In a statement he released shortly before embarking on his July 22 killing spree, Behring Breivik had spoken of the existence of secret cells that he said came under a new order of Knights Templar.

The police were not available to comment today.

Ray, who lives in Malta, came to Norway voluntarily to speak to police investigating the twin attacks in Oslo and a nearby island.

He is widely considered to be the unnamed “mentor” mentioned by the 32-year-old Behring Breivik in the 1500-page manifesto he posted online shortly before carrying out the attacks.

Describing himself as a crusader at war against multiculturalism and Islam, Behring Breivik explained in the document that he once had “a relatively close relationship” with an Englishman he gave the pseudonym “Richard”, “who became my mentor.”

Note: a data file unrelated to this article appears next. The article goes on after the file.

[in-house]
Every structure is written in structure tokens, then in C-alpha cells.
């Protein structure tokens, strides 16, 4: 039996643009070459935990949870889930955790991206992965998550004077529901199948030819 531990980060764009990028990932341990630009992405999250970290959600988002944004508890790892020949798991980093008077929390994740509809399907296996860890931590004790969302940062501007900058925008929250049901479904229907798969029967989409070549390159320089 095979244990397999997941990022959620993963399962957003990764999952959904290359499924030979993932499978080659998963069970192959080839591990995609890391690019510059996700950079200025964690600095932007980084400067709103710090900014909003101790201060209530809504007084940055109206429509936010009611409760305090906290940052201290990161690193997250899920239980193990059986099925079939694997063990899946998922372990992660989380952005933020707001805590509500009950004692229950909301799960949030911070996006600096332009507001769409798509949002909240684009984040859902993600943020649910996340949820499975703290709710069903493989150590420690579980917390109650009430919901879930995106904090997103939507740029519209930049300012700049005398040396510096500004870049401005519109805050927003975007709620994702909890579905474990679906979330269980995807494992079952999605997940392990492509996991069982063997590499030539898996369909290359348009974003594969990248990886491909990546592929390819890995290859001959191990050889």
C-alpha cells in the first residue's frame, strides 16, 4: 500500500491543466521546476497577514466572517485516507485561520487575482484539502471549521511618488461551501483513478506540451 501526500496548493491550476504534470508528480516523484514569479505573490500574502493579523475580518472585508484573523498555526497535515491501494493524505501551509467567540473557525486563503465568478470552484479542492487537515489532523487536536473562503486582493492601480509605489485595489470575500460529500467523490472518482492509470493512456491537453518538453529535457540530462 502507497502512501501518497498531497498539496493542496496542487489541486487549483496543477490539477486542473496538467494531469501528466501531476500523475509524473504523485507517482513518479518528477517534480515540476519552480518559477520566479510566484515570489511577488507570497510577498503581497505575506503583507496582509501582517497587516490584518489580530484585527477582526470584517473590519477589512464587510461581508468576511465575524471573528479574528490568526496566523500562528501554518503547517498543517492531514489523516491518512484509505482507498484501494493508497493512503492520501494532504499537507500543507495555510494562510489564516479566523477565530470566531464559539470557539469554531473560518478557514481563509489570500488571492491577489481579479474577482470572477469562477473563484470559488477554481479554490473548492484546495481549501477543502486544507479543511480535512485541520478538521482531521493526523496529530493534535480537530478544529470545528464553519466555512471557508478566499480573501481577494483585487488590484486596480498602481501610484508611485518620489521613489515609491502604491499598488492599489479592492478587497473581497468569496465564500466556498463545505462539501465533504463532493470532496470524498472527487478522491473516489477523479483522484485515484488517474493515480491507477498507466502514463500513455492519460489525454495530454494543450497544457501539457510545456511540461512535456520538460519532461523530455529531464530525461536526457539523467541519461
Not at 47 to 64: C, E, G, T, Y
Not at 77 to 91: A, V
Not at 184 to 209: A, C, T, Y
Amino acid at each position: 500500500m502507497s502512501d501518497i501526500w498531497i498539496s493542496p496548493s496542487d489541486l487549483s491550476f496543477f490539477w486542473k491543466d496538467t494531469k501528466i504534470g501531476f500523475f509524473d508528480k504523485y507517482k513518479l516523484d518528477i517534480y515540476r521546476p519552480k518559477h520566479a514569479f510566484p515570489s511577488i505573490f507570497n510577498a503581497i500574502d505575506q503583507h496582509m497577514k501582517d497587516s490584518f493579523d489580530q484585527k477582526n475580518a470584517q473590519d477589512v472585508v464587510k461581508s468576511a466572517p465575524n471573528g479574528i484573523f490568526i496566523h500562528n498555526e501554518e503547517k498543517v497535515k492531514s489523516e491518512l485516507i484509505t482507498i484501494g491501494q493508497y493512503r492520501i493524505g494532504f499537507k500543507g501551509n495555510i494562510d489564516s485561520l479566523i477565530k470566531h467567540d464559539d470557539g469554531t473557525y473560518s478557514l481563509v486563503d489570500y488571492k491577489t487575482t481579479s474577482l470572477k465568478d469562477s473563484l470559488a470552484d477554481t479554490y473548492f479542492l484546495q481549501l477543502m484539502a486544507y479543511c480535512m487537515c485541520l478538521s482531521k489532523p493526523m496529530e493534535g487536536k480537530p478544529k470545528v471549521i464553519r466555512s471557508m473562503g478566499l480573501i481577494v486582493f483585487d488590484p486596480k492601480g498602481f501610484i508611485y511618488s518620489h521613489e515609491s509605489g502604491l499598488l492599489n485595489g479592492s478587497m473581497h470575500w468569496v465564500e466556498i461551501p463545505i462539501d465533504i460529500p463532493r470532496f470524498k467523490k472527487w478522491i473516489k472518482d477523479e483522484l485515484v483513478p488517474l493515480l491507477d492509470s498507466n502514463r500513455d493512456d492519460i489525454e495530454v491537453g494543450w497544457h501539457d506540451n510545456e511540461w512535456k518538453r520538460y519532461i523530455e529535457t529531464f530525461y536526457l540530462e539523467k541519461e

Ray, who heads the “Knights Templar” movement and runs a “Richard the Lionhearted” blog, has said he recognised himself in the Norwegian right-wing extremist’s description.

Asked in an interview on Wednesday with Norway’s NRK television station if he had any contact with Behring Breivik, including online, Ray said “never”.

Ray has called the July 22 attacks “pure evil” in an interview with The Times.

Behring Breivik has confessed to setting off a bomb outside government offices in Oslo killing eight people, before going on a shooting rampage on the nearby island of Utoeya, where the ruling Labour Party’s youth wing was hosting a summer camp, killing 69 others, many of them teenagers.